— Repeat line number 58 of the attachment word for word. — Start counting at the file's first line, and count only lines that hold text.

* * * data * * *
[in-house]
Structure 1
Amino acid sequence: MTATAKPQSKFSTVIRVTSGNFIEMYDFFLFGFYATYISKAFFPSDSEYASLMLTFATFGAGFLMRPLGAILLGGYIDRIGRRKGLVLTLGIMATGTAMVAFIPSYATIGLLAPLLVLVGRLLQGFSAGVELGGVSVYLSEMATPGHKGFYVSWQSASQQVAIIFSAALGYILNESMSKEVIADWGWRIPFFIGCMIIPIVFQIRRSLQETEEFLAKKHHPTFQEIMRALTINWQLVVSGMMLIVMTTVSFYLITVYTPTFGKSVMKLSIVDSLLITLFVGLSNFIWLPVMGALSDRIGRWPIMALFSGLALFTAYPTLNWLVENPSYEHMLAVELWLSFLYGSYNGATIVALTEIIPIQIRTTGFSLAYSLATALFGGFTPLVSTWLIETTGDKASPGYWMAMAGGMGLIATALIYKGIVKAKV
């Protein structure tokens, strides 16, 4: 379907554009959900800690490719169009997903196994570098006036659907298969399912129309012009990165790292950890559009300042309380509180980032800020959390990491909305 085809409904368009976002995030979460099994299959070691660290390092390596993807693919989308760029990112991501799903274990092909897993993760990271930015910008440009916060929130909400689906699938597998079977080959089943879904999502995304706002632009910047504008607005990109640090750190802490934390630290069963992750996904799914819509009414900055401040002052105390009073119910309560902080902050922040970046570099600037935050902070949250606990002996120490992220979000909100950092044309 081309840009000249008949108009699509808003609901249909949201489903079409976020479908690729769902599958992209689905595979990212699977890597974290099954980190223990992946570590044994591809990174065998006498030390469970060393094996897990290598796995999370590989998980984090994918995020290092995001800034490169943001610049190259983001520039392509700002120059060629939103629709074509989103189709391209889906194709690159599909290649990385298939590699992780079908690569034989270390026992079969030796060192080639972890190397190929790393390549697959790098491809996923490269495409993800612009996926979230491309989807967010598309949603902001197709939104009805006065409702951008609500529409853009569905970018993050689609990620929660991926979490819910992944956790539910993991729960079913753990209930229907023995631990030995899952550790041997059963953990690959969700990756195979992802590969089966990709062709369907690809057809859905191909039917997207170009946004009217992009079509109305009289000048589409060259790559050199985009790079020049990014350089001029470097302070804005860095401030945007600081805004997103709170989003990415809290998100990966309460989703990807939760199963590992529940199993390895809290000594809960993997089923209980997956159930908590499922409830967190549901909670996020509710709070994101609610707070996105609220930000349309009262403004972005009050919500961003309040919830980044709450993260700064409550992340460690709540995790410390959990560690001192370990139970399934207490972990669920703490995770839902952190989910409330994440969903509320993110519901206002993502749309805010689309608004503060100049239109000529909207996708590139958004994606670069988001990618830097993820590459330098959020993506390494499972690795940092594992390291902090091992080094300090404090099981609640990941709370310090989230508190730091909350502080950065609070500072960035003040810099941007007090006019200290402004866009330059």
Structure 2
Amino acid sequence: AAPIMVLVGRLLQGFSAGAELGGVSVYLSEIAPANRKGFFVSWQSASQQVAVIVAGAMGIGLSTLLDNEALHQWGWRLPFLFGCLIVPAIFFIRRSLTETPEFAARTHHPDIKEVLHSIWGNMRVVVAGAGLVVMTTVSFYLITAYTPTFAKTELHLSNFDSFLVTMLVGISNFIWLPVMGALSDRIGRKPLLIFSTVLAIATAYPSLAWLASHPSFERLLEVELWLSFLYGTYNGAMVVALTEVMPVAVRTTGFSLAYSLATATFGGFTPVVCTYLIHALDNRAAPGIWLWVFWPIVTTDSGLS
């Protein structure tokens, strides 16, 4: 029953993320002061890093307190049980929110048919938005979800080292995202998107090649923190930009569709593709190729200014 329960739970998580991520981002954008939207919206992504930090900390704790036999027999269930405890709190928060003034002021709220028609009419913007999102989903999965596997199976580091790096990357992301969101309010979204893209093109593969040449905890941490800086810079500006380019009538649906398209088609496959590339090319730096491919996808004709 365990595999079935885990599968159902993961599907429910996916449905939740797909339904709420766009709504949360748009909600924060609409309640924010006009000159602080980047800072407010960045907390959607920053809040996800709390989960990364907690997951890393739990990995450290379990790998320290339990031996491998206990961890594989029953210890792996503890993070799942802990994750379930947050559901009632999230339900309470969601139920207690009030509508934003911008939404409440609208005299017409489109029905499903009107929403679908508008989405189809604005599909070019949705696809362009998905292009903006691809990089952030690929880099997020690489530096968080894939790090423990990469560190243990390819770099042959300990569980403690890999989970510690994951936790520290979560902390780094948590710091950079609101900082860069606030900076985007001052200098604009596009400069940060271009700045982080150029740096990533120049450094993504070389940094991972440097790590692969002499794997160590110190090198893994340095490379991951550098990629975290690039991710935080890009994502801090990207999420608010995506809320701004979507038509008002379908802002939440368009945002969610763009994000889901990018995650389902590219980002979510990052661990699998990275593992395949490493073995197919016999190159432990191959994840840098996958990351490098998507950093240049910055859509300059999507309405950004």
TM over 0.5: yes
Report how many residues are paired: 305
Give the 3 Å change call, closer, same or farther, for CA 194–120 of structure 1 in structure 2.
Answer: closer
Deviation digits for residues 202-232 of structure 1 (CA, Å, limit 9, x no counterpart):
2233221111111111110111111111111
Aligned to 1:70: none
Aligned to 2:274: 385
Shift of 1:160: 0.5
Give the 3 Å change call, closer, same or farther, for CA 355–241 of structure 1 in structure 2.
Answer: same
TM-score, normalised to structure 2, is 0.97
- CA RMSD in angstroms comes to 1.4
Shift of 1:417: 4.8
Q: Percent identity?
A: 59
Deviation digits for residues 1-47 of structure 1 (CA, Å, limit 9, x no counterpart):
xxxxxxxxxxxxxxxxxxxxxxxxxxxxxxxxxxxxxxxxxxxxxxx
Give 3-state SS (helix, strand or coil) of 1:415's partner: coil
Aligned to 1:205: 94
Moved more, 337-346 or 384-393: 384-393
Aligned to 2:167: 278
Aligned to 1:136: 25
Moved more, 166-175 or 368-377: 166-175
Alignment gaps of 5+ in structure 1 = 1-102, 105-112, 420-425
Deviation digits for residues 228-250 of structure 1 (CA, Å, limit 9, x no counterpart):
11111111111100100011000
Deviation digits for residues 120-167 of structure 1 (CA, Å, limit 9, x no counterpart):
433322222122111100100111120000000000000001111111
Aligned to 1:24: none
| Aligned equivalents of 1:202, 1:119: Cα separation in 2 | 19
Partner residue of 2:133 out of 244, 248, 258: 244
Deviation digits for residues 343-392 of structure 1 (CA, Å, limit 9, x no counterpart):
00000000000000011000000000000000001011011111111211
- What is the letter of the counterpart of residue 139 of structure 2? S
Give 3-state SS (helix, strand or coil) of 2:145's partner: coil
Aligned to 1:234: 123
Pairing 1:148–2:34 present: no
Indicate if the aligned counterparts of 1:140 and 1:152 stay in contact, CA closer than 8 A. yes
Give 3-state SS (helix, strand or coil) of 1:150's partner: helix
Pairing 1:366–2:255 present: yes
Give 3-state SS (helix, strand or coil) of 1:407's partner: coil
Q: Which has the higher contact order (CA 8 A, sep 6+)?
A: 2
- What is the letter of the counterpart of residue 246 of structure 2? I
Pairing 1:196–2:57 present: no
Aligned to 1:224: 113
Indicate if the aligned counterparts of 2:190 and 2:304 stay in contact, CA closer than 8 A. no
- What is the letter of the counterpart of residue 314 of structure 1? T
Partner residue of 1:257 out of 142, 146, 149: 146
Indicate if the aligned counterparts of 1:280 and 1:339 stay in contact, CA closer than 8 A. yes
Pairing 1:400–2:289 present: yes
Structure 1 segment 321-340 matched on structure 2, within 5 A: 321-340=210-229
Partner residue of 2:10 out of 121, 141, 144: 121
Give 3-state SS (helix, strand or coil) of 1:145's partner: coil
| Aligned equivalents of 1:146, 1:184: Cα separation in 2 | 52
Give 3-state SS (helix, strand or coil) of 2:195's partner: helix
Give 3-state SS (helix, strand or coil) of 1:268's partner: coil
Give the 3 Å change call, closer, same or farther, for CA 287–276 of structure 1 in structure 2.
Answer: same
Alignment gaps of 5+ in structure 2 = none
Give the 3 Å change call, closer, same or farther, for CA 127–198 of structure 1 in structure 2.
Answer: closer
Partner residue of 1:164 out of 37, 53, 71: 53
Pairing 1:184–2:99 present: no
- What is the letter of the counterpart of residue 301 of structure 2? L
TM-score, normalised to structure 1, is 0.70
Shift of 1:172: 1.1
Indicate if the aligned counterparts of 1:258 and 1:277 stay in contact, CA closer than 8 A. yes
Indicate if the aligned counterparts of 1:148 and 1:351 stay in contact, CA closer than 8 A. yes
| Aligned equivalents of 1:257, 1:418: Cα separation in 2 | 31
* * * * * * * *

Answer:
Indicate if the aligned counterparts of 1:280 and 1:339 stay in contact, CA closer than 8 A. yes